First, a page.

Hello, Summer! Analyses for Week 9

This is the last week for DHS, who will be knocking out week 10 before graduation day on June 9. You guys have all done an amazing job, and I hope it has been a good experience for you as well. (Quantitatively, you have spent an average of 254.0909 minutes in the field this spring!)

Without further ado, here is the data analysis for the penultimate week of the DHS spring 2017:

Capture

Interestingly, it looks like we might have had fewer live plants in week 9 than in week 8. I’m not sure why – perhaps a delayed effect of the mowing? The mowing was in week 5, and several more plants emerged after that. I expected the growing season to be longer this year because of the wet winter and spring, but I guess we’ll have to see what the data show. Compare this with 2016, when we had 233 plants alive at roughly the same time.  Is this difference related to the mowing? the flooding? aging?

It looks like many of the plants continued to grow despite the mowing in week 5. While the monarch (especially larvae – ouch) counts were way down in weeks 4-6, the egg counts have bounced back a little bit now.

Capture2

I wanted to take a closer look at which plants were most severely affected by the mowing, so I created a map to plot the change in the maximum stem length for each plant in the transect. Here, the point size is proportional to the total plant size in week 6, and the color is scale with the change in max stem length between week 4 and week 6 (negative values in red got shorter max stem lengths). You can see a few plants that lost some stem length throughout the transect, but also many that we still able to grow longer max stems between week 4 and week 6.

map of del.max

Looking at the total stem length (the estimated sum of all the stem lengths on a plant), you can see that the change in the total stem length between week 4 and week 6 is sometimes positive, often close to zero, and occasionally negative. These are the plants that lost a lot of total biomass.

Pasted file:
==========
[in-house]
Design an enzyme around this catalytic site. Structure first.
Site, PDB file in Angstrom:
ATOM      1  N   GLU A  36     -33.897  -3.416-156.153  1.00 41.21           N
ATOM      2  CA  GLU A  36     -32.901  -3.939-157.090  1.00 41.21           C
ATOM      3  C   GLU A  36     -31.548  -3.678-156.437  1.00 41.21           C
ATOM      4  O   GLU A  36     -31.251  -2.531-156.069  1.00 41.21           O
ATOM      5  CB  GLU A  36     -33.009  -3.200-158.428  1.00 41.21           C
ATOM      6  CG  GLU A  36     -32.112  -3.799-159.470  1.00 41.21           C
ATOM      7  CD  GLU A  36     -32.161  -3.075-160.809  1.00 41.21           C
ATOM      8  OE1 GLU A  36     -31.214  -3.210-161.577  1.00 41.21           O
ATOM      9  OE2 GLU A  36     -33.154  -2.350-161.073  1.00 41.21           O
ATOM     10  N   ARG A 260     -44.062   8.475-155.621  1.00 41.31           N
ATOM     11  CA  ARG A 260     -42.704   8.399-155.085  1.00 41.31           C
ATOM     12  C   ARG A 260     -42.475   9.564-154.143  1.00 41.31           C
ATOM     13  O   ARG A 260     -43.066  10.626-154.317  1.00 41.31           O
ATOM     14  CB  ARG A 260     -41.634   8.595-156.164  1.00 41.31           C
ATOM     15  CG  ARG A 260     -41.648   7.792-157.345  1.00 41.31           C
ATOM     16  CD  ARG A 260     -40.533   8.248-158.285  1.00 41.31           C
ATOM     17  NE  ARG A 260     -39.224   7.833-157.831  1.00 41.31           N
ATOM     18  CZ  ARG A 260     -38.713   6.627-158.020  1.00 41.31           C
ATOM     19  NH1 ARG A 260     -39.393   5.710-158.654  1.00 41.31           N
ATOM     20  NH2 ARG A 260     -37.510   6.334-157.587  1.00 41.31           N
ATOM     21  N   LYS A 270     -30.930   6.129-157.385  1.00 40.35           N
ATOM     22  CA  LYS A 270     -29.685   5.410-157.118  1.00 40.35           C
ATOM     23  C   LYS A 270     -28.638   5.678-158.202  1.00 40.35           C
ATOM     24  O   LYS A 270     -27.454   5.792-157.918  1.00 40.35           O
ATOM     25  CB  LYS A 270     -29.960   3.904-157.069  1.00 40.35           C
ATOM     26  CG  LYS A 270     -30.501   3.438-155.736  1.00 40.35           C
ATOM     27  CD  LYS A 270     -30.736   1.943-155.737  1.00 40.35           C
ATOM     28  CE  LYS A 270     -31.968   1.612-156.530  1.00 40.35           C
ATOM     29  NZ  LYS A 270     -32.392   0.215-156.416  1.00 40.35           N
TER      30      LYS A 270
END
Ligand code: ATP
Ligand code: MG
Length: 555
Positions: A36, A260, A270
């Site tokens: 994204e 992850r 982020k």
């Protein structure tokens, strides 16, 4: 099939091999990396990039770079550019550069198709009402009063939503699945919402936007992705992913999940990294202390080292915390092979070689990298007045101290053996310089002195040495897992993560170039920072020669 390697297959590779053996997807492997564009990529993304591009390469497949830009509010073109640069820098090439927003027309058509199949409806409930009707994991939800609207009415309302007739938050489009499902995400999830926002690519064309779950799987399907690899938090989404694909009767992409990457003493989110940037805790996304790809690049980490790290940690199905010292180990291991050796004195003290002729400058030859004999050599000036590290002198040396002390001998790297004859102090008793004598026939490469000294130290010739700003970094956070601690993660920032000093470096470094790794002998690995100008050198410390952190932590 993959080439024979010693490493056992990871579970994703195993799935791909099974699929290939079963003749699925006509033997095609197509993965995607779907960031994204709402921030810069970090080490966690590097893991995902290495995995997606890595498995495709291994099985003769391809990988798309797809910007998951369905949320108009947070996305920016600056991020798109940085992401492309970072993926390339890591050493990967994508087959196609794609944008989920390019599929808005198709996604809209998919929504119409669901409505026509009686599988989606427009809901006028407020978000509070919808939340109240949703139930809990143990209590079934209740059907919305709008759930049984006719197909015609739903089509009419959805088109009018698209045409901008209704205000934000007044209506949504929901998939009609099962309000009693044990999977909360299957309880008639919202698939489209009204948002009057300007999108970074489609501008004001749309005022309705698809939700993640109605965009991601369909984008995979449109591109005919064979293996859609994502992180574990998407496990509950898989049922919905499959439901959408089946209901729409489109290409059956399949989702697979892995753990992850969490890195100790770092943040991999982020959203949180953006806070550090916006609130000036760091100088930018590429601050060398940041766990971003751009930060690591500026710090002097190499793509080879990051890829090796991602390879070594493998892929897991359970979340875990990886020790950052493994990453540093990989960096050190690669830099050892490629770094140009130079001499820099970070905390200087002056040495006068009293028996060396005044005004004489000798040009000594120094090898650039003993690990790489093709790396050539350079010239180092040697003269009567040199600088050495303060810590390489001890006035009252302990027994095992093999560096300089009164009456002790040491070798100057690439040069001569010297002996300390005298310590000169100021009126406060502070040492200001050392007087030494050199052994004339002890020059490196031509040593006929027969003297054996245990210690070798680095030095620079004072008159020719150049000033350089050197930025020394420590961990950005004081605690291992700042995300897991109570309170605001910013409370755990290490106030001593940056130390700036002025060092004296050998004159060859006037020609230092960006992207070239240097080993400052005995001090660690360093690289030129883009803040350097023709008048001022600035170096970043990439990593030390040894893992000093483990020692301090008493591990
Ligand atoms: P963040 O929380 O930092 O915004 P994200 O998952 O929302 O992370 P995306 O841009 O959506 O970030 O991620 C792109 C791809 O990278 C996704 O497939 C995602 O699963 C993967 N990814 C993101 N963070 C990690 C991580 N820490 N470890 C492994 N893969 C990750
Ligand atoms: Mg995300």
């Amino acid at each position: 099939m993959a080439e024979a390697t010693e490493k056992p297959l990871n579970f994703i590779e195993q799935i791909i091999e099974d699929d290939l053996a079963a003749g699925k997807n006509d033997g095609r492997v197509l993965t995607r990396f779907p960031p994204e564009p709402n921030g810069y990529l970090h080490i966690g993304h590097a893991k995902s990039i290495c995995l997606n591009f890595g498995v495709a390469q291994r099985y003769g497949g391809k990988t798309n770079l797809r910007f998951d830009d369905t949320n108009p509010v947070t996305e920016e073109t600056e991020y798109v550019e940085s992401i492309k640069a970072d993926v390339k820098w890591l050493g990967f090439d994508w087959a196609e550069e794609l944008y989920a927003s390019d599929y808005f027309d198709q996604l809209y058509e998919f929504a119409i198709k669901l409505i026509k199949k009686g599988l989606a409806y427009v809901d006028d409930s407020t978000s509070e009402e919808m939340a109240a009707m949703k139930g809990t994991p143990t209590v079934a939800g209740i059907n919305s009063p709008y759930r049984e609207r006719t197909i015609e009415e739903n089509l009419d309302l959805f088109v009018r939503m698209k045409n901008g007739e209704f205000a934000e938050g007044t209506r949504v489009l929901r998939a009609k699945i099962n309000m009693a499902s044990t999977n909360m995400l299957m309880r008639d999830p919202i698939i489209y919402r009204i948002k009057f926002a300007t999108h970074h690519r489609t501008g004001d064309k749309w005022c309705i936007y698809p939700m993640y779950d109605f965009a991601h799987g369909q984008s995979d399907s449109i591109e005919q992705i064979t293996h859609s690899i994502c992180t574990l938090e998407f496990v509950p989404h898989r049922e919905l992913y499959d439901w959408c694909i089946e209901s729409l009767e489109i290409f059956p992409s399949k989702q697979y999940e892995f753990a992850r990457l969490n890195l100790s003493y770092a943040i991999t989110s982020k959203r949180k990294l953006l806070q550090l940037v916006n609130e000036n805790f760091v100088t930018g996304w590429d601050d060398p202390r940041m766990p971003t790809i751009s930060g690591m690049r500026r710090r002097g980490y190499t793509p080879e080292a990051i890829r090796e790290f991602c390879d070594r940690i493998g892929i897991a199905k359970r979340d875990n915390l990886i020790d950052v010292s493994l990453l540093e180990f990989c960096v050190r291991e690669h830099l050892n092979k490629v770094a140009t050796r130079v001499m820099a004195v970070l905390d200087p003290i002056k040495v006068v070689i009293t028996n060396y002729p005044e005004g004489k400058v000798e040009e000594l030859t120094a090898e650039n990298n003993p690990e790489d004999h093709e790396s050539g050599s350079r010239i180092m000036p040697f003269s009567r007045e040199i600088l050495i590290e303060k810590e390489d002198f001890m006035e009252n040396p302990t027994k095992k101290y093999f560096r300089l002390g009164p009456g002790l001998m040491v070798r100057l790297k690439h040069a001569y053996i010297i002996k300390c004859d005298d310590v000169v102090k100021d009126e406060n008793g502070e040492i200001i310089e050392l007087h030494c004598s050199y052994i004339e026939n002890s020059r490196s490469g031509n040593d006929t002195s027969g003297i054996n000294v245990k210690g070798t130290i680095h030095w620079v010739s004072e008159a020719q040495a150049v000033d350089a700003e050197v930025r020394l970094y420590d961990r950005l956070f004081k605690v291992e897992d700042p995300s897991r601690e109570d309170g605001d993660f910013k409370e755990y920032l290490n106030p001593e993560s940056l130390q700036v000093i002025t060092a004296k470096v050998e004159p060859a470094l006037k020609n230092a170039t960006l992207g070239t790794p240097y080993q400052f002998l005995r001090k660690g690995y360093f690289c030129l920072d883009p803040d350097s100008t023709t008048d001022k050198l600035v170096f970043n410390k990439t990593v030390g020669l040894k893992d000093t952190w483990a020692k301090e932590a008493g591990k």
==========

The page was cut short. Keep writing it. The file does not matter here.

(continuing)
map of del.tot

Looking at these patterns another way, here is a quick plot (these are truly quick and dirty plots – excuse the unvarnished R code) of the max stem length per plant in week 4 (dmow$max.len.x) vs the max stem length for each plant in week 6 (dmow$max.len.y). The diagonal line shows the best-fit regression, and the horizonal line shows the approximate height of the mower blades. I think the plants that are below the horizontal line likely got the most severe mowing.

plot of max.len vs max.len

This plot next plot shows the max stem length in week 4 (d.mow$max.len.x) vs the change in the max length between week 4 and 6. The vertical row the points on the left probably represents plants that emerged in those 2 weeks. The diagonal row of points probably represents plants that got cut down to zero.

plot of max.len.x vs del.max

However, if you zoom out to look at the whole plant scale, a plot of the total stem length in week 4 vs the total stem length in week 6 shows that many plants are as large or larger in week 6 as they were in in week 4. Many plants got smaller as well, but on the whole, I think they are recovering nicely in size. It will be interesting to see how well the recover in terms of survival as well.

plot of total len vs total len

One more week in progress for the DHS crew, then on to the Growing Green interns! They are training now, and will be ready for the hand off next week! Happy graduation to the seniors, and happy summer to everyone.

 

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